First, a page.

Case for Vegetarianism
Case for Vegetarianism
<poem>In fact, as human consciousness develop[s so the scope of man’s compassion expands. At first, it was freedom only for the elect, then the serfs were freed from oppression, then the slaves were given freedom. The uplift of the so-called Harijans, untouchables, outcastes, the Adivasis, and the hitherto down and trodden has begun to receive serious and positive consideration. Not only this, a new understanding is emerging and it is seen that man’s compassion must embrace the subhuman species as well and that it must oppose the attack on the natural world, its wild life and its live stock. If we deny this new understanding, at least new for a majority in countries outside India and even in India, for those who are imbued in the western or the materialistic way of life, we shall devalue freedom in our own minds and fail to defend it until progressively we ourselves are threatened and doomed, as avers Peter Robert, the secretary of the Compassion World, ‘Mankind cannot escape the danger of wars, bloody and devastating wars, and that, too, in this age of highly developed and extremely destructing nuclear weapons’ No gainsaying that non-vegetarianism ultimately leads to violence and wars, while vegetarianism is the basis of peaceful co-existence.
In 1929 the Vegetarian Society of England brought out a leaflet giving twenty-four reasons for vegetarianism, most of which still hold good and the more important of which are: 1. The flesh of animals can never be free of impurities. 2. Flesh meet contains nothing of value which may not be easily obtained from the vegetable kingdom. 3. Vegetarians enjoy comparative immunity from illness and many people after adopting the practice have lost long standing complaints. 4. The nation would gain by increasing the area under food cultivation in preference to developing the stock-farm, for in the feeding of the stock there is great waste of material fit for human food, and by developing less land to the rearing of cattle w e should have a larger area for the cultivation of cereals, fruits and vegetables and thus be more self-supporting. 5. It is selfish and inhuman to set apart a whole class of the population for the digesting, brutalizing and unwholesome occupation of butchery, which is not only entirely needless but absolutely inimical to the best interests of the human race. 6. The highest sentiments of humane and compassionate men and women revolt at the cruelty, the degrading sights, the distressing cries, the perpetual blood shed and all the attendant sickening horrors which inevitably surround the earing, transit and slaughter suffering sentiments beings. 7. A vegetarian diet is favourable to purity of thought and chastity and leads to refinement of character 8. Vegetarianism is a protest against those evils which beset most nations – luxury, intemperance and vice.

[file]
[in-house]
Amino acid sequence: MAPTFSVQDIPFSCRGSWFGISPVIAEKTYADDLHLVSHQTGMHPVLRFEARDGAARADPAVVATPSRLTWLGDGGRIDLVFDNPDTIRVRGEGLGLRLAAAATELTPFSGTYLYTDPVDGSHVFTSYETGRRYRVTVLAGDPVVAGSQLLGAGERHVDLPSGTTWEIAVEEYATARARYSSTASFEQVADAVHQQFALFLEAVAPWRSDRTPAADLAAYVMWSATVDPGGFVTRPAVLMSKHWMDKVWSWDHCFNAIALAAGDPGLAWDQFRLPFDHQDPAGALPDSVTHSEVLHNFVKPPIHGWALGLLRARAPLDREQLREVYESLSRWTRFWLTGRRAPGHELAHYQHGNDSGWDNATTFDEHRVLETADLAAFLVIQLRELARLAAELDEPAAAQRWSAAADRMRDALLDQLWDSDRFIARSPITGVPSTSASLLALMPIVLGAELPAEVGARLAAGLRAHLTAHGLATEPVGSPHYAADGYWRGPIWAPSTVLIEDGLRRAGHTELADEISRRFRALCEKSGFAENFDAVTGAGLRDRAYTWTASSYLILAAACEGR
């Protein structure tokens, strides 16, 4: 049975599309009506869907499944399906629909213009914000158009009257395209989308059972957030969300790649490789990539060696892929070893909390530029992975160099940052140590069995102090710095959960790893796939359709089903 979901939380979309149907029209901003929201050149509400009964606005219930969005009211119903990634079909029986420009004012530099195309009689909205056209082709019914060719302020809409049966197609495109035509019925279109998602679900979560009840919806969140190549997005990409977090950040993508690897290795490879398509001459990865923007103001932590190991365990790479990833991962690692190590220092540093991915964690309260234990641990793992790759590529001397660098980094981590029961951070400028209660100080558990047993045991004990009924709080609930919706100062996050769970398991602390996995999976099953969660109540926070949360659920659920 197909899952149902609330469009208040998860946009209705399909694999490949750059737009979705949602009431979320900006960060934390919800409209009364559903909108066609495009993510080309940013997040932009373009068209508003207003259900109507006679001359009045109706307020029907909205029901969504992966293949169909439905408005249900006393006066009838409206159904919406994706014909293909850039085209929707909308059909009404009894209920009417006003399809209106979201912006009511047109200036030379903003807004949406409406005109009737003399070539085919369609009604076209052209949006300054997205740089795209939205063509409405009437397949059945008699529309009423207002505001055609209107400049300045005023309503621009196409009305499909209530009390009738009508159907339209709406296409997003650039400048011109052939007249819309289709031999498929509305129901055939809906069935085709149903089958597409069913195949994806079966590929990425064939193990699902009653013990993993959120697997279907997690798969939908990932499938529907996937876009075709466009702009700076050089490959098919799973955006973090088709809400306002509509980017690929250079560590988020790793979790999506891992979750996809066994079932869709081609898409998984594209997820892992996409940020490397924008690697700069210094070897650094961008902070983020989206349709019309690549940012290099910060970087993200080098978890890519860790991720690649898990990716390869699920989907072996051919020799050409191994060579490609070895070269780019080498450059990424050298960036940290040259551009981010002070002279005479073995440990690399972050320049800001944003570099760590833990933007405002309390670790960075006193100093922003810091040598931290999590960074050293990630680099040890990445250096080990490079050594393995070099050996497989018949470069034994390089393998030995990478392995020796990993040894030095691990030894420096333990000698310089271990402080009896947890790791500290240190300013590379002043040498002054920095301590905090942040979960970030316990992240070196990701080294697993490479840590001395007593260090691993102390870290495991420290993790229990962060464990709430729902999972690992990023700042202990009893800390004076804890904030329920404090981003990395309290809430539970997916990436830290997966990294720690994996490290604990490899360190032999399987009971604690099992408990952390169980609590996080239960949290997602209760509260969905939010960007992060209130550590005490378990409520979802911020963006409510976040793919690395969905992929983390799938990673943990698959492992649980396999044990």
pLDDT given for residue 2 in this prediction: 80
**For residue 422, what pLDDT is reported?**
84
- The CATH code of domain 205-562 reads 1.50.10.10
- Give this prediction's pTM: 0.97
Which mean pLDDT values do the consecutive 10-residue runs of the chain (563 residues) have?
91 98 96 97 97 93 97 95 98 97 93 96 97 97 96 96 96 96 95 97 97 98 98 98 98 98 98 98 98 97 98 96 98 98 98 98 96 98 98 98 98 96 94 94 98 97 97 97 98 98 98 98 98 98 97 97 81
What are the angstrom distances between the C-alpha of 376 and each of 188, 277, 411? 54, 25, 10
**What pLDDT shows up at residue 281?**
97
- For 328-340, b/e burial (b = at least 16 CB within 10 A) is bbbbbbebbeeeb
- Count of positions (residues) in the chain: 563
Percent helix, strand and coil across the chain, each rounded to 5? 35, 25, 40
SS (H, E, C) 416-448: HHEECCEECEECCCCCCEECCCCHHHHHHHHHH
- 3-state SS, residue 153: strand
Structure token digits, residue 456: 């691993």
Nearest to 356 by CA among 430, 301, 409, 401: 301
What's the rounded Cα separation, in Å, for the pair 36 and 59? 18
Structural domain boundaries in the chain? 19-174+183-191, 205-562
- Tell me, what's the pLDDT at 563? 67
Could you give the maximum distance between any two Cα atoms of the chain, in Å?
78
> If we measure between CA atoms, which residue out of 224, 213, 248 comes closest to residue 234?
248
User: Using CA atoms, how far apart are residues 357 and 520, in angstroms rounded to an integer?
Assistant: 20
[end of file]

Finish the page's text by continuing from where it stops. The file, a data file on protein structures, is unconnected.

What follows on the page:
All these reasons are quite weighty, and many more can be adduced. As Jaya Chamraja Wadiyar, the ex-maharaja of Mysore, once remarked, “There is no scientific basis for the view that a man becomes stronger and healthier on a meat diet than on a vegetarian diet. It is now proved beyond doubt that all the proteins, carbohydrates, fats, minerals and vitamins needed for a healthy life are found in right proportion in an intelligently composed diet of vegetables, fruits, nuts and milk.” And, in the words of Dr. Robert Mc Carriso, one of the greatest food scientists, ‘A perfectly constituted diet is one in which the principal ingredients are milk, milk products, any whole cereal grain or mixture of cereal grains, green leafy vegetables and fruits. These are the protective food. They make good of other constituents of the diet, protect the body against infection and disease of various kinds, and their use in scientific quantity ensures physical efficiency.” R. Quale also thinks, “Basic economic necessity may see our society as mostly vegetarian in the distant future.”
Thus, whether viewed from the point of view of necessity or suitability, or on physiological, economic, social, humanitarian, moral, ethical or religious grounds, the case of non-vegetarianism hopelessly falls through. But, as the great Jaina intellectual, the late J.L. Jaini, once wrote. “Man really wants very little here. Alas” he wants much to possess and then to live in the world …… Our whole civilization is based on physical comforts, luxuries and adornment. Food, gratification and all are needed only for the flesh. The poor immortal captive needs nothing. The soul is in its essence separate from the bodily requirement; but yet as being linked to it, it is impossible for the animal not to be swayed by the corpus. Indeed our animal instincts and needs make us thralls, not seldom unwilling thralls of social conventions and fashions,”